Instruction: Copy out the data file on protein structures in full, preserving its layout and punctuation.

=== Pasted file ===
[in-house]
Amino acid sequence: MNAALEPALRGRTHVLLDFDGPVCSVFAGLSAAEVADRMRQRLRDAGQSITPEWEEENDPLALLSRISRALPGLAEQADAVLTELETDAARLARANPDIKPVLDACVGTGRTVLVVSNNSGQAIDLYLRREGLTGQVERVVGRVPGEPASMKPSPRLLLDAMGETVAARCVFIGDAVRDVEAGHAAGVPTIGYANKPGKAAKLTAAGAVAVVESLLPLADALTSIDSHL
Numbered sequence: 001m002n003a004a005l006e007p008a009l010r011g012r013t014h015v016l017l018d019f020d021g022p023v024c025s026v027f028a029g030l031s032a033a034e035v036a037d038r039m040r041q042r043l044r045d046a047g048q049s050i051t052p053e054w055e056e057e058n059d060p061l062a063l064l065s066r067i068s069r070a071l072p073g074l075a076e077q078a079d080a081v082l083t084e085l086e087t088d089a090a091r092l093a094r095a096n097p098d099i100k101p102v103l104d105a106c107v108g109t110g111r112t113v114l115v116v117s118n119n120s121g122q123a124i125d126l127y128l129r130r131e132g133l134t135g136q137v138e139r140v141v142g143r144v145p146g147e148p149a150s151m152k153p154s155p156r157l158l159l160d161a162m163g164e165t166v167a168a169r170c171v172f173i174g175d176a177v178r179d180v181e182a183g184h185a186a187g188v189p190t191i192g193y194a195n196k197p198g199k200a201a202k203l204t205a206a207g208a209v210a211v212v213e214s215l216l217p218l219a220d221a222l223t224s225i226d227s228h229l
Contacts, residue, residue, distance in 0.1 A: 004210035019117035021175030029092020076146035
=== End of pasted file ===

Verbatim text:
[in-house]
Amino acid sequence: MNAALEPALRGRTHVLLDFDGPVCSVFAGLSAAEVADRMRQRLRDAGQSITPEWEEENDPLALLSRISRALPGLAEQADAVLTELETDAARLARANPDIKPVLDACVGTGRTVLVVSNNSGQAIDLYLRREGLTGQVERVVGRVPGEPASMKPSPRLLLDAMGETVAARCVFIGDAVRDVEAGHAAGVPTIGYANKPGKAAKLTAAGAVAVVESLLPLADALTSIDSHL
Numbered sequence: 001m002n003a004a005l006e007p008a009l010r011g012r013t014h015v016l017l018d019f020d021g022p023v024c025s026v027f028a029g030l031s032a033a034e035v036a037d038r039m040r041q042r043l044r045d046a047g048q049s050i051t052p053e054w055e056e057e058n059d060p061l062a063l064l065s066r067i068s069r070a071l072p073g074l075a076e077q078a079d080a081v082l083t084e085l086e087t088d089a090a091r092l093a094r095a096n097p098d099i100k101p102v103l104d105a106c107v108g109t110g111r112t113v114l115v116v117s118n119n120s121g122q123a124i125d126l127y128l129r130r131e132g133l134t135g136q137v138e139r140v141v142g143r144v145p146g147e148p149a150s151m152k153p154s155p156r157l158l159l160d161a162m163g164e165t166v167a168a169r170c171v172f173i174g175d176a177v178r179d180v181e182a183g184h185a186a187g188v189p190t191i192g193y194a195n196k197p198g199k200a201a202k203l204t205a206a207g208a209v210a211v212v213e214s215l216l217p218l219a220d221a222l223t224s225i226d227s228h229l
Contacts, residue, residue, distance in 0.1 A: 004210035019117035021175030029092020076146035